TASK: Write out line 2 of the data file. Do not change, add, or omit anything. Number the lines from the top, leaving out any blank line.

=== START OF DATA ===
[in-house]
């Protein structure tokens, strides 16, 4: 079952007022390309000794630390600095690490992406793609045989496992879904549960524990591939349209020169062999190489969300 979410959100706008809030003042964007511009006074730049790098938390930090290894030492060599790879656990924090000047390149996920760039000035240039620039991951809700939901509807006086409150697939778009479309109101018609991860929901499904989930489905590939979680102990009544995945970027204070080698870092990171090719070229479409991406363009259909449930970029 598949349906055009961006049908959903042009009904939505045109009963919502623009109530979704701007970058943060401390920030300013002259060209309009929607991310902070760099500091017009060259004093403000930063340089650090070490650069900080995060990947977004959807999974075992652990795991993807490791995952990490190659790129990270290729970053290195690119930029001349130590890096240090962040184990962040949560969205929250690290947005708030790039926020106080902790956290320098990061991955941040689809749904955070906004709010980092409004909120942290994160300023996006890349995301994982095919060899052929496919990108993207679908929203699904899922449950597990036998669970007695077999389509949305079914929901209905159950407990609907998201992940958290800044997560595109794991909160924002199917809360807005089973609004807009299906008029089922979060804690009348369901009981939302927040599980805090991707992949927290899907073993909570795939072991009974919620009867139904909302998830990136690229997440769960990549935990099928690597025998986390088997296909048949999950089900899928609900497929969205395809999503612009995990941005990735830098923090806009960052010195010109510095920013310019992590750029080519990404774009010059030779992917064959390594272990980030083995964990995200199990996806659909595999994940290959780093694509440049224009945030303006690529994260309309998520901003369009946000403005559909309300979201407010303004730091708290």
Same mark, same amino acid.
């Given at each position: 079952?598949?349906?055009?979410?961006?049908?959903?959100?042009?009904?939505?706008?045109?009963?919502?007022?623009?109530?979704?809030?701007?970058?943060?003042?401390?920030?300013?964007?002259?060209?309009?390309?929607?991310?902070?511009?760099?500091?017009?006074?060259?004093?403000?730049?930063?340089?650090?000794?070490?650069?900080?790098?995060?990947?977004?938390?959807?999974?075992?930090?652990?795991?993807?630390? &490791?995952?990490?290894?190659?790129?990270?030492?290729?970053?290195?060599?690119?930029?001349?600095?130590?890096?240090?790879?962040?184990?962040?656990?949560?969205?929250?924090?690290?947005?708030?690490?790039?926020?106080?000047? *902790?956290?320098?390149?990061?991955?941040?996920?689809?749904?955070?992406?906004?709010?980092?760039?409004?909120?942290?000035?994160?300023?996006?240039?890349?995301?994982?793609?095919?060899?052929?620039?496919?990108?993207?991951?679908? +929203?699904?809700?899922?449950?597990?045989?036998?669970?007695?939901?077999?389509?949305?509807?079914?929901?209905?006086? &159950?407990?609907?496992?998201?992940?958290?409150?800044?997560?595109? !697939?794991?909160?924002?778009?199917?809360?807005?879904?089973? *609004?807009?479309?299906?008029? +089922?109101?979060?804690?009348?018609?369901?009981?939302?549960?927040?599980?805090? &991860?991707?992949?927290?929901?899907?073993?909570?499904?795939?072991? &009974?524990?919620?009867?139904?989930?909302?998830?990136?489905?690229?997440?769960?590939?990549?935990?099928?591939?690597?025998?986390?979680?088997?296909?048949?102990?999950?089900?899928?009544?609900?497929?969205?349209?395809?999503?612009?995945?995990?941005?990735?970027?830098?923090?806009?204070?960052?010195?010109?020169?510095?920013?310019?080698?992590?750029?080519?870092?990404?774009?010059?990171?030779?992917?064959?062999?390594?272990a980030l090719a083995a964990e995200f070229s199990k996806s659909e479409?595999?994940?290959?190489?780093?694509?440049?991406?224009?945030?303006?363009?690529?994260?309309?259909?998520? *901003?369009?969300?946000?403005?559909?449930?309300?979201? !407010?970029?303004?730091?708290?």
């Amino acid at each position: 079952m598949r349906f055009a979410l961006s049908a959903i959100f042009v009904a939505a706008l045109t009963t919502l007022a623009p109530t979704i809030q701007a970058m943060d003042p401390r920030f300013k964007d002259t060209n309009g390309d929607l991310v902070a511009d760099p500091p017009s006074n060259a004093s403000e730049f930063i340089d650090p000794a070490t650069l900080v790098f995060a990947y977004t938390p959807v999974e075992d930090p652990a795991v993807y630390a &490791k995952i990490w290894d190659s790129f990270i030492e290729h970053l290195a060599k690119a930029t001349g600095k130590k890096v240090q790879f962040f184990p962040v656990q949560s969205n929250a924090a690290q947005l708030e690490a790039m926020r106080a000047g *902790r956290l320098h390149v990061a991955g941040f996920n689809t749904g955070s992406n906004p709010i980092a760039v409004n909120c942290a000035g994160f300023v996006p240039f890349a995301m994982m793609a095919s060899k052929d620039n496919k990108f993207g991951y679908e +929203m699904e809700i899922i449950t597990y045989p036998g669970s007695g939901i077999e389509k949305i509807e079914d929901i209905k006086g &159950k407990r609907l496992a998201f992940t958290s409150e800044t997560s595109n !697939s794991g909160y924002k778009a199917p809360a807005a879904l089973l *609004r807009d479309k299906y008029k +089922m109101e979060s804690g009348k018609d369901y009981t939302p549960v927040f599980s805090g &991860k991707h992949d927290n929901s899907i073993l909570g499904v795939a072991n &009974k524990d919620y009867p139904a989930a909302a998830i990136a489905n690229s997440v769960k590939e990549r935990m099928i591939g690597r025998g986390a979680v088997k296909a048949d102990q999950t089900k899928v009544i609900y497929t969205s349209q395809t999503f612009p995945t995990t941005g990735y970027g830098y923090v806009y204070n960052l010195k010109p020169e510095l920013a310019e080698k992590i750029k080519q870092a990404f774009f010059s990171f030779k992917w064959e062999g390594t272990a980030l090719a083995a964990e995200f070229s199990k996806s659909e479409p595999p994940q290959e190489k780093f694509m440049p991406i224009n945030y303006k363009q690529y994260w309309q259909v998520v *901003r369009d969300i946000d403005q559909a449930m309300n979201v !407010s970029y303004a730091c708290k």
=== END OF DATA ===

């Protein structure tokens, strides 16, 4: 079952007022390309000794630390600095690490992406793609045989496992879904549960524990591939349209020169062999190489969300 979410959100706008809030003042964007511009006074730049790098938390930090290894030492060599790879656990924090000047390149996920760039000035240039620039991951809700939901509807006086409150697939778009479309109101018609991860929901499904989930489905590939979680102990009544995945970027204070080698870092990171090719070229479409991406363009259909449930970029 598949349906055009961006049908959903042009009904939505045109009963919502623009109530979704701007970058943060401390920030300013002259060209309009929607991310902070760099500091017009060259004093403000930063340089650090070490650069900080995060990947977004959807999974075992652990795991993807490791995952990490190659790129990270290729970053290195690119930029001349130590890096240090962040184990962040949560969205929250690290947005708030790039926020106080902790956290320098990061991955941040689809749904955070906004709010980092409004909120942290994160300023996006890349995301994982095919060899052929496919990108993207679908929203699904899922449950597990036998669970007695077999389509949305079914929901209905159950407990609907998201992940958290800044997560595109794991909160924002199917809360807005089973609004807009299906008029089922979060804690009348369901009981939302927040599980805090991707992949927290899907073993909570795939072991009974919620009867139904909302998830990136690229997440769960990549935990099928690597025998986390088997296909048949999950089900899928609900497929969205395809999503612009995990941005990735830098923090806009960052010195010109510095920013310019992590750029080519990404774009010059030779992917064959390594272990980030083995964990995200199990996806659909595999994940290959780093694509440049224009945030303006690529994260309309998520901003369009946000403005559909309300979201407010303004730091708290």